Prime Minister Narendra Modi addresses the Budget Webinar on ‘Reaching the last mile’, via videoconferencing, in New Delhi on February 27, 2023. Photo: Twitter/@PIB_India via PTI
Prime Minister Narendra Modi on February 27 emphasised the importance of good governance for reaching the last mile, saying such an approach will have no scope for discrimination and corruption. Mr. Modi also underscored backwardness among Pasmanda Muslims as he highlighted his government’s efforts to reach out to the most deprived sections of society with its various welfare schemes.
In a post-Budget webinar on “Reaching the last mile”, the Prime Minister said his government is launching a special mission for the most deprived among the tribals.
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“We have to quickly provide various facilities to our tribes people in over 200 districts and over 22,000 villages of the country. Similarly among our minorities, especially among Muslims we have Pasmanda Muslims. How we have to take benefits to them… as they even today after so many years of Independence remain far behind,” he said.
The backward sections of Muslims are described as Pasmanda Muslims.
Mr. Modi said the policy of saturation, a reference to maximum coverage of various schemes, and the approach of reaching the last mile complement each other.
The Prime Minister said along with money, political will is needed for development and asserted that the development of tribal communities has been a priority for his government.
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Emphasising the importance of good governance and constant monitoring for the desired goals, he said, “The more emphasis we put on good governance, the more easily our goal of reaching the last mile will be accomplished.” For the first time, he asserted, the country is tapping the huge potential of its tribals at this scale, adding that the latest Union Budget has paid special attention to taking the mantra of reaching the last mile to tribal and rural areas.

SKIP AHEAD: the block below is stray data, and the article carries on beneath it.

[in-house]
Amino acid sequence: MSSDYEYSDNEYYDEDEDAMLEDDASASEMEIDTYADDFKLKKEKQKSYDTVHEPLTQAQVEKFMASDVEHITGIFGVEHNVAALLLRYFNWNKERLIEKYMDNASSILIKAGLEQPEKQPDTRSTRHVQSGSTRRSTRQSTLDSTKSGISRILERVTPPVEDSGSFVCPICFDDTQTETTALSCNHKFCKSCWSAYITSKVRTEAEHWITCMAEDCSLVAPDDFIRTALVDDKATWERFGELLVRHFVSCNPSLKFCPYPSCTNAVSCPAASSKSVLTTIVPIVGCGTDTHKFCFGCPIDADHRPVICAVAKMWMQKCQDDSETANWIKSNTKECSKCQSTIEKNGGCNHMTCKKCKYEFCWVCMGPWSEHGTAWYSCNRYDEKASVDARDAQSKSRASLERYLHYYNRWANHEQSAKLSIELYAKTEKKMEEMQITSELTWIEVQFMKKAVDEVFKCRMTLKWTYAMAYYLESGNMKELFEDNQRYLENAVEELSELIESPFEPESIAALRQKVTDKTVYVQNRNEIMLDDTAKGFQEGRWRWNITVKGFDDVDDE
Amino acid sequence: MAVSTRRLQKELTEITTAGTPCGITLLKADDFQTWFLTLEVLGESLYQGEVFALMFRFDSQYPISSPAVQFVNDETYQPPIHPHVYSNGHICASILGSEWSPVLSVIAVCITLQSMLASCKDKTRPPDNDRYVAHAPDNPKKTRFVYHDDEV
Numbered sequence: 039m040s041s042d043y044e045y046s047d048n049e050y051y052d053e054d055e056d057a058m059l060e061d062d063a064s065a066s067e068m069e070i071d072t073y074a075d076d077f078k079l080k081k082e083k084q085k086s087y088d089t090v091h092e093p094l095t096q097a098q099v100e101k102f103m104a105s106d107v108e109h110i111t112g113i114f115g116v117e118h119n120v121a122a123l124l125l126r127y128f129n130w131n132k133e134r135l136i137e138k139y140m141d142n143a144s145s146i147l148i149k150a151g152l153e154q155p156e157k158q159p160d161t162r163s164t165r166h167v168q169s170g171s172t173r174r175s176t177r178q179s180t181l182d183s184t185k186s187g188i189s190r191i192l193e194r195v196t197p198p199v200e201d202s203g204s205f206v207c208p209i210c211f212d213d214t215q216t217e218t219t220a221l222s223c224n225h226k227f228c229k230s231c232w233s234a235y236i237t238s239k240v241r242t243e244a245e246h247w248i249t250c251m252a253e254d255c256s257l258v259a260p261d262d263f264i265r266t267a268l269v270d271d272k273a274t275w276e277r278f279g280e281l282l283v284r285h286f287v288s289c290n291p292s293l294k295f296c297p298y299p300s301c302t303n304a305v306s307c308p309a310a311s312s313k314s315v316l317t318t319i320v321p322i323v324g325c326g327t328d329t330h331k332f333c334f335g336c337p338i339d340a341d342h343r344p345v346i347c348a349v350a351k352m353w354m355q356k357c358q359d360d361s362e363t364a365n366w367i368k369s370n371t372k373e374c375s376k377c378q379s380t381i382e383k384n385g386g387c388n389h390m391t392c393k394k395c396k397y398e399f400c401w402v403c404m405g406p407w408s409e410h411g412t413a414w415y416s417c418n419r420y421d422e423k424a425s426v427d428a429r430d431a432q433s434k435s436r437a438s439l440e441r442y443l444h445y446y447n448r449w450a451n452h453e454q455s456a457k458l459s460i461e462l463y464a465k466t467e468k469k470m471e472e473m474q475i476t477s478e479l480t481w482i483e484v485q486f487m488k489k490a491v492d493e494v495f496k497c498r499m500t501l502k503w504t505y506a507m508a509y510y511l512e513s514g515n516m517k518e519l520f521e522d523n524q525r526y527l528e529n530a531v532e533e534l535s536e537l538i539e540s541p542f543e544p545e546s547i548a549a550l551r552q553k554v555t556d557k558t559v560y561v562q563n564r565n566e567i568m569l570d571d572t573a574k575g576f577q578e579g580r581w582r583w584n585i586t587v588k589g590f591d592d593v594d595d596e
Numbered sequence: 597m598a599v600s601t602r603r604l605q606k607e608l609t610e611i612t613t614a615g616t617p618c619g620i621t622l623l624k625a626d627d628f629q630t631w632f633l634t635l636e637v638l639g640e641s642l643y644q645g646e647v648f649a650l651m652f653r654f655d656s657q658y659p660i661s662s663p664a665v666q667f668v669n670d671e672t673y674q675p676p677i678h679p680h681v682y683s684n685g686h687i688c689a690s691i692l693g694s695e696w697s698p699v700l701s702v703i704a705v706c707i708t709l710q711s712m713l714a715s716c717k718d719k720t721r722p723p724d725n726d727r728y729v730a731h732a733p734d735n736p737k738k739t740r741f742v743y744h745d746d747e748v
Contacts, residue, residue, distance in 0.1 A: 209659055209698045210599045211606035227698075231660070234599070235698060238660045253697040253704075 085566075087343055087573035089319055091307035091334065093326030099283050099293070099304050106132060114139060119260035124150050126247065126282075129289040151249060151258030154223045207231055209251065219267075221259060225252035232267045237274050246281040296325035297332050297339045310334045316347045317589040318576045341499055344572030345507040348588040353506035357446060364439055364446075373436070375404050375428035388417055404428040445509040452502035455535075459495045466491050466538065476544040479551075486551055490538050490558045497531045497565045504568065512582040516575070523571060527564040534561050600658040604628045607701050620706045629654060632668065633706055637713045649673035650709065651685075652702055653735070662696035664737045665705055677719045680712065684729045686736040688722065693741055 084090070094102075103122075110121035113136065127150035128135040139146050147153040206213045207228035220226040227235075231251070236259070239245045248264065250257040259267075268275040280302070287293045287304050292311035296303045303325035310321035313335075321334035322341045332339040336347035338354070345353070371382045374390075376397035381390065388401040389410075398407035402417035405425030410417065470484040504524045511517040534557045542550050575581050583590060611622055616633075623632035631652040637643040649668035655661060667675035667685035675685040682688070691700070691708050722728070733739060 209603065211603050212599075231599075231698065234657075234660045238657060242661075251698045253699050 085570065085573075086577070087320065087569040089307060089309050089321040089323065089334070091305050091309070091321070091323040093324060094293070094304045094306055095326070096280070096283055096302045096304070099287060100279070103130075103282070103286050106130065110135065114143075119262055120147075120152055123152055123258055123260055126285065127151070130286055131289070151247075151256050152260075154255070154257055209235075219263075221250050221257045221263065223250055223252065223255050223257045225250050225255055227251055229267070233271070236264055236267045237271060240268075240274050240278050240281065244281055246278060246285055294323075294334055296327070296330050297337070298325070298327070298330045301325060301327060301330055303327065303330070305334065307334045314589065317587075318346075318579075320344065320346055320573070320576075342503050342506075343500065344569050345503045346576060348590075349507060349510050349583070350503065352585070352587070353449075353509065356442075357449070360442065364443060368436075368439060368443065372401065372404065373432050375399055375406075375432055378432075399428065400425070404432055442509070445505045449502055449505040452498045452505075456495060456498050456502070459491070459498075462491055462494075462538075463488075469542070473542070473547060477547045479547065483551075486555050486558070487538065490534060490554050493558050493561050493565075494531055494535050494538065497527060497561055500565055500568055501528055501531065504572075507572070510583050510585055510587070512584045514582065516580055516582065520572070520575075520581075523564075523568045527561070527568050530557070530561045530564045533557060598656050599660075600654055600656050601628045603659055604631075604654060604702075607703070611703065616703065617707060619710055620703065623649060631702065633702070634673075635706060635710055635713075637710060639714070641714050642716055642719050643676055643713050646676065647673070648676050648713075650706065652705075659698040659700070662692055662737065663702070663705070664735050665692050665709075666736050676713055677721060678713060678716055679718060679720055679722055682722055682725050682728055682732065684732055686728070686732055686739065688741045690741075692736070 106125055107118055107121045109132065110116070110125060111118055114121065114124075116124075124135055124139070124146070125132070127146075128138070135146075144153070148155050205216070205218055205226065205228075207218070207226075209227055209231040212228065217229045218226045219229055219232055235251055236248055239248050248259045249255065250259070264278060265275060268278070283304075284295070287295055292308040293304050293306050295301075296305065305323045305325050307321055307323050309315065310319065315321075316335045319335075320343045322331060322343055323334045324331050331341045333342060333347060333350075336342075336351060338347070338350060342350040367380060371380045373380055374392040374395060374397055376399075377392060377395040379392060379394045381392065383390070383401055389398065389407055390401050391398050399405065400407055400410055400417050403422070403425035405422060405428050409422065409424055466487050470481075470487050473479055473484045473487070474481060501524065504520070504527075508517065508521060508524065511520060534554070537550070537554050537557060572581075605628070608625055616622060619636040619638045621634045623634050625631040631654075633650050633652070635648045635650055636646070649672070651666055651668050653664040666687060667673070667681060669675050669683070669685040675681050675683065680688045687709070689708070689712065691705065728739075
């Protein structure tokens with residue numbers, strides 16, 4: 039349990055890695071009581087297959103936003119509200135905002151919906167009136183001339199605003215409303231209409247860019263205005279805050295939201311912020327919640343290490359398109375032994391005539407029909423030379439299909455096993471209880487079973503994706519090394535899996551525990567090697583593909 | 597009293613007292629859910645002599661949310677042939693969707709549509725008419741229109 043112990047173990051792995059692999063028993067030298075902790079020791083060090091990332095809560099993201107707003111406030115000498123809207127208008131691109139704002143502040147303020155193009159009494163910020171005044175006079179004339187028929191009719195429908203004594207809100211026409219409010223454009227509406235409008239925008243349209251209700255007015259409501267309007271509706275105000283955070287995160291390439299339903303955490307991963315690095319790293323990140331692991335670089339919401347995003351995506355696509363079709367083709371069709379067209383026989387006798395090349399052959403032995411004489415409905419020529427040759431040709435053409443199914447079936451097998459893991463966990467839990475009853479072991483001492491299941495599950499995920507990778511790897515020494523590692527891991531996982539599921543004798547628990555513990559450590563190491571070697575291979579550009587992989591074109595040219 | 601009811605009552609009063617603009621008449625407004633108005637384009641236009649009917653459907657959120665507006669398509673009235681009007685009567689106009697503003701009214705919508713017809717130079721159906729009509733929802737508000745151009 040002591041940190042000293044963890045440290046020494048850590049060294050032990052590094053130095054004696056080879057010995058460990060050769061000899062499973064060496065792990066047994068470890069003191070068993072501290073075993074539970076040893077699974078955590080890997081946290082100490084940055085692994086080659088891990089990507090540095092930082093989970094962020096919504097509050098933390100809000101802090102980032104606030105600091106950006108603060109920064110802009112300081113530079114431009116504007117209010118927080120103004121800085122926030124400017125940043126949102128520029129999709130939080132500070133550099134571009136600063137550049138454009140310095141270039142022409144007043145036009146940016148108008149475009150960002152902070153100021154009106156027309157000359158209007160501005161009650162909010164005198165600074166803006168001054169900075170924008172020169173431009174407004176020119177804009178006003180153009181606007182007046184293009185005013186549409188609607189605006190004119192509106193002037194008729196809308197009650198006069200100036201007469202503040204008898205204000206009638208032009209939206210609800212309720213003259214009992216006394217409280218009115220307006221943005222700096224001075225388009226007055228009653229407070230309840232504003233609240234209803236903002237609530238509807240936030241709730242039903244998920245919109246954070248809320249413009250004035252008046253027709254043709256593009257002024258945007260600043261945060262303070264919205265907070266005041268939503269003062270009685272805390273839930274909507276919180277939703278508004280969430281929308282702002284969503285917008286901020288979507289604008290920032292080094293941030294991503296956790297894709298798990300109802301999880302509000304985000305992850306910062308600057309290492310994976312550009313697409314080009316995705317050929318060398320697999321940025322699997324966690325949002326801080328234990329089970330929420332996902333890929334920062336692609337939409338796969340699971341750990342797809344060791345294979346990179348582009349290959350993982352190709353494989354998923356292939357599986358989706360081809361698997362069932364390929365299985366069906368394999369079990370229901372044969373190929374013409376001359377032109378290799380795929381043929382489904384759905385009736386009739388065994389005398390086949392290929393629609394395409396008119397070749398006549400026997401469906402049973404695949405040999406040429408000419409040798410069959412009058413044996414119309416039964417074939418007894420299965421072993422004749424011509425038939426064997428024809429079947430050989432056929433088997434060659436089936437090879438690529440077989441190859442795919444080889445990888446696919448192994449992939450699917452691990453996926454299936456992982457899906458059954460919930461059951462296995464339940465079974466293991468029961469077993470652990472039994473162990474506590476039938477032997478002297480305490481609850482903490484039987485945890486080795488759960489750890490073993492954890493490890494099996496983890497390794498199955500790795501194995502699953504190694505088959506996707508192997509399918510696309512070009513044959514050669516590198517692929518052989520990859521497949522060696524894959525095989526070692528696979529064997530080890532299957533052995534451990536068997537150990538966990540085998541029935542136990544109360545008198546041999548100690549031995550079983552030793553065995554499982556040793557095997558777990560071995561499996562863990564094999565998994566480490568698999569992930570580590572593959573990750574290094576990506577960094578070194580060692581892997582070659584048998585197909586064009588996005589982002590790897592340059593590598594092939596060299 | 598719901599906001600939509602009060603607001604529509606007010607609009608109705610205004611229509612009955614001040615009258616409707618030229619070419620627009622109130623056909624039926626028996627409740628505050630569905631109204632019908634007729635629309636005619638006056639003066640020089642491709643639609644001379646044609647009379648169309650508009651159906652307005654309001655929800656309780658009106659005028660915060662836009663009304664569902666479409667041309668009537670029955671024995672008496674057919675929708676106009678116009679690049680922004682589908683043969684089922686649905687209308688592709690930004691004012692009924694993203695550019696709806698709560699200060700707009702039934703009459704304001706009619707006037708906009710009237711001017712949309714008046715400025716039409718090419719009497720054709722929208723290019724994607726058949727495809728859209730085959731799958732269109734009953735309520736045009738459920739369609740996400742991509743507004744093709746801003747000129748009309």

This post-Budget brainstorming is important from the point of view of implementation and time-bound delivery. This also ensures proper utilisation of every penny of taxpayers money, he said.
A “whole-of-the-nation” approach is needed to rapidly provide facilities as a special mission for the most deprived among the tribal community, he said.
In the context, the Prime Minister said the aspirational district programme has emerged as a successful model in terms of reaching the last mile.
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Monday’s address was the fourth in a series of 12 post-Budget webinars organised by the government to seek ideas and suggestions for the effective implementation of the initiatives announced in the Union Budget 2023.
Mr. Modi gave the example of new approaches in the immunisation and vaccine coverage in Mission Indradhanush and the Covid pandemic to illustrate the power of good governance in the last mile delivery. He said as opposed to the earlier practices when the poor ran after the government for basic facilities, now the government is reaching the doorsteps of the poor.
“The day we decide that every basic facility will be provided to every citizen in every area, then we will see what a big change will come in the work culture at the local level. This is the spirit behind the policy of saturation. When our aim is to reach everyone, then there will be no scope for discrimination, nepotism and corruption,” he said.
He said work has started on more than 60,000 “Amrit Sarovars” and 30,000 of them have already been constructed. Thousands of crores of rupees have been allocated to the Jal Jeevan Mission for making drinking water available in rural areas, he said.
Till 2019, only three crore houses in rural areas received piped drinking water and their numbers have now crossed 11 crore, he noted. “These campaigns are improving the standard of living of those Indians living far and wide, who have been waiting for such facilities for decades. We do not have to stop here. We also have to review what can be done to further strengthen the water committee,” he added.
The Prime Minister asked stakeholders to discuss ways of linking housing with technology for finding ways of making strong but affordable houses, finding easy ways of benefiting from solar power and group-housing models acceptable in both urban and rural areas.
He noted that this year’s budget has kept ₹80 thousand crore for housing for the poor. A target has also been set in this budget to completely get rid of sickle cell disease. For this “whole of the nation approach” is needed, he said, noting every stakeholder related to health will have to work fast.